Veterans have the power to advance their careers at Bank of America

Just like service members instinctively look out for each other, we look out for each other here at Bank of America. And one of the best ways to do so is to thank them for their service and make sure we connect employees who are veterans or military spouses with colleagues who share similar backgrounds and experiences.

Veterans like Ann Peterson and Brian Jones have taken advantage of the training programs and mentorship opportunities Bank of America offers. At Bank of America, Ann and Brian are able to focus on advancing their careers, all while paying it forward through mentorship to other service members, veterans and military spouses — helping them navigate the uncharted territory of civilian life and their new roles.

Meet the veterans
Ann Peterson
Brian Jones

Meet Ann Peterson – an Army veteran and corporate mentor

Ann Peterson was 20 years old and attending the University of Nebraska when she and a friend met an Army recruiter. “I was ready to get out of Nebraska and see the world,” Ann said. “My recruiter was very persuasive and sold me on what the military could offer — travel, being outdoors and getting paid to work out. It sounded great to me.”

Ann’s family was not as enthusiastic. But the more they tried to talk her out of it, the more convinced she became to enlist and did so shortly before the start of the first Gulf War in 1990. “I was the youngest of nine children and was always in someone else’s shadow,” she said. “I never felt I had a voice until I joined the military.”

Ann got her wish to see the world and spent three years in Germany. Upon returning to the states, she made the decision to get out of active duty, join the National Guard and get her MBA.

After graduation, she married and moved with her husband to Seattle. Her daughter, Reagan, was born a few years later and she and her husband divorced. “My ex-husband is in the military and travels all over the world. He is gone for long periods of time so I’ve had to adjust to being a single parent 24/7, 365 days a year.”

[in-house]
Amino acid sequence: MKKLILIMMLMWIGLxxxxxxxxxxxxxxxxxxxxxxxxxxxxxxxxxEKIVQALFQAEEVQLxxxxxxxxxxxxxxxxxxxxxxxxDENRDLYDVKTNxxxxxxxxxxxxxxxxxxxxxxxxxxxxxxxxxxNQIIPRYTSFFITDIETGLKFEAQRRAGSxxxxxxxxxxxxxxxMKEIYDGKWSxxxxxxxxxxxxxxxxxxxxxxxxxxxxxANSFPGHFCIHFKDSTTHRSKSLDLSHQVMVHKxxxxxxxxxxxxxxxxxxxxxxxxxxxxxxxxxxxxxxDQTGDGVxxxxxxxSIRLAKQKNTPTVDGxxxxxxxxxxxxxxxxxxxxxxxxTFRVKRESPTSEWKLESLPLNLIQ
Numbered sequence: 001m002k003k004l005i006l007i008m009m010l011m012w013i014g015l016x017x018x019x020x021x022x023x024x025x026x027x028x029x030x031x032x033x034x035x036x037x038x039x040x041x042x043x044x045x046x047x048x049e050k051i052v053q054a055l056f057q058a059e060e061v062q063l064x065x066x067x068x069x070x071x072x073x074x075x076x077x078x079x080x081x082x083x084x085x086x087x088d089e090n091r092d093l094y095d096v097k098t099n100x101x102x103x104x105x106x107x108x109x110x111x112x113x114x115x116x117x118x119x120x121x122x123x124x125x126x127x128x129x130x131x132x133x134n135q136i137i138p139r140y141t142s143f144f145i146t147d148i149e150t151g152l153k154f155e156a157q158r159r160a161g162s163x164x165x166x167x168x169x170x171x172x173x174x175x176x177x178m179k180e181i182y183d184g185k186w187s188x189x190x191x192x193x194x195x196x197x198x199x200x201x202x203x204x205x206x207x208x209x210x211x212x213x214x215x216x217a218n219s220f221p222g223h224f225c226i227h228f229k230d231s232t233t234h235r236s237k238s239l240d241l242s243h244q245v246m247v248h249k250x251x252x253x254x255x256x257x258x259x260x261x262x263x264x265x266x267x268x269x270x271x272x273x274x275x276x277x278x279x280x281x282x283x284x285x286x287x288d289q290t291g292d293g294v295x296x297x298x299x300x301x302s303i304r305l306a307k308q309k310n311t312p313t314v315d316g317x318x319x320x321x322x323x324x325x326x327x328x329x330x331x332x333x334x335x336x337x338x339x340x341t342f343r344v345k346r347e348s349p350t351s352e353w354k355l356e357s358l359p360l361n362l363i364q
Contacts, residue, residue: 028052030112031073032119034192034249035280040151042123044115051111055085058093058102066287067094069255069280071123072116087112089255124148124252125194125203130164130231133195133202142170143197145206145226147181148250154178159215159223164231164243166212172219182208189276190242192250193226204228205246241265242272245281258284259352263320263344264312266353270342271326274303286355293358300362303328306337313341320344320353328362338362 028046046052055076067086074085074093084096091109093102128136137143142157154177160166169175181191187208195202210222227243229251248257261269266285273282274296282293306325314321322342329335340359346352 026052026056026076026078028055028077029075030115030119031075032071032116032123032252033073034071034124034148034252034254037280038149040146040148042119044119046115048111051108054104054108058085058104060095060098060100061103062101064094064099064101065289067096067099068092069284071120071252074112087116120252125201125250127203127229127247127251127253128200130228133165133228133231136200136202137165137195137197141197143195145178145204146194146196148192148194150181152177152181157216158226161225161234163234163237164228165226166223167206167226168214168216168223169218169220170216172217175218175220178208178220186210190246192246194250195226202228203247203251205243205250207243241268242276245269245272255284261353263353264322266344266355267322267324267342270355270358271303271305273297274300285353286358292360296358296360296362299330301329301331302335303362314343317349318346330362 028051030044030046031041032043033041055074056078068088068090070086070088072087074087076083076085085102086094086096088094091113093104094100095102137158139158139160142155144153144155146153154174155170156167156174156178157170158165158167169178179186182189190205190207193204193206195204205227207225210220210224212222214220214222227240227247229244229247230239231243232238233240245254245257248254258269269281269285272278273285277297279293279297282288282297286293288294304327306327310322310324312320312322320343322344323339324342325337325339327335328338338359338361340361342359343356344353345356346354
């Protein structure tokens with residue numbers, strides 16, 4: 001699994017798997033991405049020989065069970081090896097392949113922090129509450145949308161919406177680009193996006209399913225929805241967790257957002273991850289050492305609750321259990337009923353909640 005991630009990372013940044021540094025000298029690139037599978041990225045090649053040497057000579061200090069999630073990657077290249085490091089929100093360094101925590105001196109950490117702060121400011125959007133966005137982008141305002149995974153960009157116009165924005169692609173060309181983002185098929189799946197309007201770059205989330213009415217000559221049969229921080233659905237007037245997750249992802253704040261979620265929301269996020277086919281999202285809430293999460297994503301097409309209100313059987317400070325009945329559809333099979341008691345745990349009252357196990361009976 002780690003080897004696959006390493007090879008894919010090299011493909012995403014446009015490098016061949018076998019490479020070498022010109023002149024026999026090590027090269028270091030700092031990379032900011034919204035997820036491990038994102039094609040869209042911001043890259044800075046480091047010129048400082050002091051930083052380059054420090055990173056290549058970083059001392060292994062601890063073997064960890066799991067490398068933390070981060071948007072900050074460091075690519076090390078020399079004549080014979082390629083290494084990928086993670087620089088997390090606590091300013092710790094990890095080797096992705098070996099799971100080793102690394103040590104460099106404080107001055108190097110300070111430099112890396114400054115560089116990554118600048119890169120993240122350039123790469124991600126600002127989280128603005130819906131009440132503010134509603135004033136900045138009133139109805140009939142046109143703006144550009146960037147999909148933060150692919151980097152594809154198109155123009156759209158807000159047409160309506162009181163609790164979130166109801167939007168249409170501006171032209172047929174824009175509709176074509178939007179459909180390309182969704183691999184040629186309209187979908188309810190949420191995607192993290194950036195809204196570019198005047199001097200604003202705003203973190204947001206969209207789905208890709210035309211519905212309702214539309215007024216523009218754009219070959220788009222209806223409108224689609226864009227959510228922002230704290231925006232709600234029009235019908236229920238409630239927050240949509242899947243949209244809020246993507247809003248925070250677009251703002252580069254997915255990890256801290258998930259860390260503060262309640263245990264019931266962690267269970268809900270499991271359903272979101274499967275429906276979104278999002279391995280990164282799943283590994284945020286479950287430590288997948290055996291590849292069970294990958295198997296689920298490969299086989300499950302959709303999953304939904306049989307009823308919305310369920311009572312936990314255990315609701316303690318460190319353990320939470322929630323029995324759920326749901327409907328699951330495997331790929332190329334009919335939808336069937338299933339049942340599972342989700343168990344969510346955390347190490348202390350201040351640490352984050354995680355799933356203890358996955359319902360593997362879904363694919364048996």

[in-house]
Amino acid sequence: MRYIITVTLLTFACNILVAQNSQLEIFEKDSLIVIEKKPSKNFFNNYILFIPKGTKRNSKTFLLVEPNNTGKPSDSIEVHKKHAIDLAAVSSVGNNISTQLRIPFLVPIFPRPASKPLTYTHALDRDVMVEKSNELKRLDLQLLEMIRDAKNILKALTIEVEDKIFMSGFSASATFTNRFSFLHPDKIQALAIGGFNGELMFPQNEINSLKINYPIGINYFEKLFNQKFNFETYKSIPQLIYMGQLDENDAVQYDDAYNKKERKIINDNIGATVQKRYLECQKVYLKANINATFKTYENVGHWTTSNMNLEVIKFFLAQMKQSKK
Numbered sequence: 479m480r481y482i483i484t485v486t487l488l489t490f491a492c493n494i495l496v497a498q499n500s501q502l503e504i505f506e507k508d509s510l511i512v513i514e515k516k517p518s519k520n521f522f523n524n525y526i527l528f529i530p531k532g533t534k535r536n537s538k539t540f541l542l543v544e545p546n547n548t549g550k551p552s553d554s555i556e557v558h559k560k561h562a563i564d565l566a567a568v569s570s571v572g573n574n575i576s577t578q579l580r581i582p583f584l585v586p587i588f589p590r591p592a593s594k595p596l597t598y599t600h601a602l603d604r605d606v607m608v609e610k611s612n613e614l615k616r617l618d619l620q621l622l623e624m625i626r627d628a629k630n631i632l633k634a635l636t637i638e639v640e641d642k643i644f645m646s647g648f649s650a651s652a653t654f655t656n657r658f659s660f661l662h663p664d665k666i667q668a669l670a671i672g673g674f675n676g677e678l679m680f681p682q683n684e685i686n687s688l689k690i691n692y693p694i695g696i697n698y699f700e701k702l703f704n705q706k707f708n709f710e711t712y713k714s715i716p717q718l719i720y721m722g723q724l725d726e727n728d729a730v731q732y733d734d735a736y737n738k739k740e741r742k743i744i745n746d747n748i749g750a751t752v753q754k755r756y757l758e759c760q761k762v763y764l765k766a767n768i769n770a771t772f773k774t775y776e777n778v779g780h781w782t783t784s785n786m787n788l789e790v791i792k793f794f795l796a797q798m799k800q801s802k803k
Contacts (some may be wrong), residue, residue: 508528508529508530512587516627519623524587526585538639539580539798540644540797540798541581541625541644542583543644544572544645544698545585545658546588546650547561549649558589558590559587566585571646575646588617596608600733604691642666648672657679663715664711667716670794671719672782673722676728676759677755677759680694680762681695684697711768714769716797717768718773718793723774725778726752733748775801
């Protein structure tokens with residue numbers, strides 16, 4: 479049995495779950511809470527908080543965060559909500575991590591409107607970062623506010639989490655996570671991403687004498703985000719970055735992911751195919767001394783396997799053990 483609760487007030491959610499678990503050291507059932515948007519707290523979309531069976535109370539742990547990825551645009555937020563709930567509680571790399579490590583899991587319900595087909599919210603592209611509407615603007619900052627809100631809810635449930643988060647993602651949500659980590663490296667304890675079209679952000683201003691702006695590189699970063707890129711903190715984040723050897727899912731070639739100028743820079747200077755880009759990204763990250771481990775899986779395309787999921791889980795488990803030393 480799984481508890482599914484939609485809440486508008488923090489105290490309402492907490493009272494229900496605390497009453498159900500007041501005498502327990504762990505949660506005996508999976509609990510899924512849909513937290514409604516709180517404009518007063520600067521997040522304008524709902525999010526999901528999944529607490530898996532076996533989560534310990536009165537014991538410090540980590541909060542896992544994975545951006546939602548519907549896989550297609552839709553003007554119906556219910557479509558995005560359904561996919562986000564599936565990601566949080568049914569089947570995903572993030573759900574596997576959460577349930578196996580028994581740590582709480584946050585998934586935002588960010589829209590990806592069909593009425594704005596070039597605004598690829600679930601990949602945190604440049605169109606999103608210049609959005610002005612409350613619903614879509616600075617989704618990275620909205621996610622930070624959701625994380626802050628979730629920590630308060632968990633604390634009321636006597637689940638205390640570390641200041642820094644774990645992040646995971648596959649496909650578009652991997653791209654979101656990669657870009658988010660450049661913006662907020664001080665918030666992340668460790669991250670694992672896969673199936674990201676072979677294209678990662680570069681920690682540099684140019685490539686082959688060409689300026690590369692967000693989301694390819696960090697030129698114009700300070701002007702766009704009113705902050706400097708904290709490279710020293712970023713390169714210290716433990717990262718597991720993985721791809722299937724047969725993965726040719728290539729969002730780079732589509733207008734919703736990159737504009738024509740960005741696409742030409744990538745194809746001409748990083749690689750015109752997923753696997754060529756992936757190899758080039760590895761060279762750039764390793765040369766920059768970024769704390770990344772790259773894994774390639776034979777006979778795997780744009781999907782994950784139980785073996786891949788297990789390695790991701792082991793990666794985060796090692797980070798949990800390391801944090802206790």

In 2006, Ann and her daughter moved to Charlotte after she was offered a job at Bank of America. Since then, she’s been promoted several times and is currently an HR executive. Ann credits her success to the skills she learned in the military and through support from bank leaders and mentors. “There’s not a doubt in my mind: I would not be where I am today without my military training and having the internal support I needed to juggle my responsibilities at home,” she said. “At Bank of America, I have been able to grow and develop in my own career because of the challenges and opportunities that have been put in front of me.”

Ann’s unique perspective of being both a veteran and a former military spouse is one of the reasons she mentors other teammates in similar situations. “I’ve made the transition from military to civilian life and I have the power to help other veterans and their families succeed in their careers. That starts with caring about the person, understanding them and helping them grow which is what we do every day at Bank of America.”

Meet Brian Jones – a veteran who is paying it forward

For Brian Jones, a U.S. Army veteran who joined the bank in 2015, making the decision to leave the military after eight years was scary. “The Army was the only life I knew and it was hard to take that first step but I am so glad I did because of where I am today,” Brian said. “Having said that, my first few months were stressful. I had to learn a new culture and new language while at the same time a brand new career.”

Shortly after joining the Bank, Brian was paired with Bill Golden, a former Lieutenant Colonel in the U.S. Army. “Bill was instrumental in helping me understand that the skills veterans bring to the table — like leadership and working on a team — were assets that the bank valued.”

Today, Brian is a mentor to Tom Cai, a veteran who served in the U.S. Army for 10 years before coming to Bank of America. For Tom, having a network of veterans like Brian is critical. “It is an absolutely terrifying experience for many veterans who are transitioning from military life,” Tom said. “Brian is someone I can always go to, no matter what the issue or question is. If it wasn’t for Brian and the role that he has played through his mentorship, my family and I wouldn’t be able to have the life we currently have. I am forever grateful and, as a mentor, I try to emulate all that he has taught me.”

“Being able to help Tom transition from the military to where he is today has been so rewarding,” Brian said. “I can pass on what Bill has given me, and that’s what our veteran mentorship program is all about. I want veterans to know that being at Bank of America is more than a job — it’s a career.”


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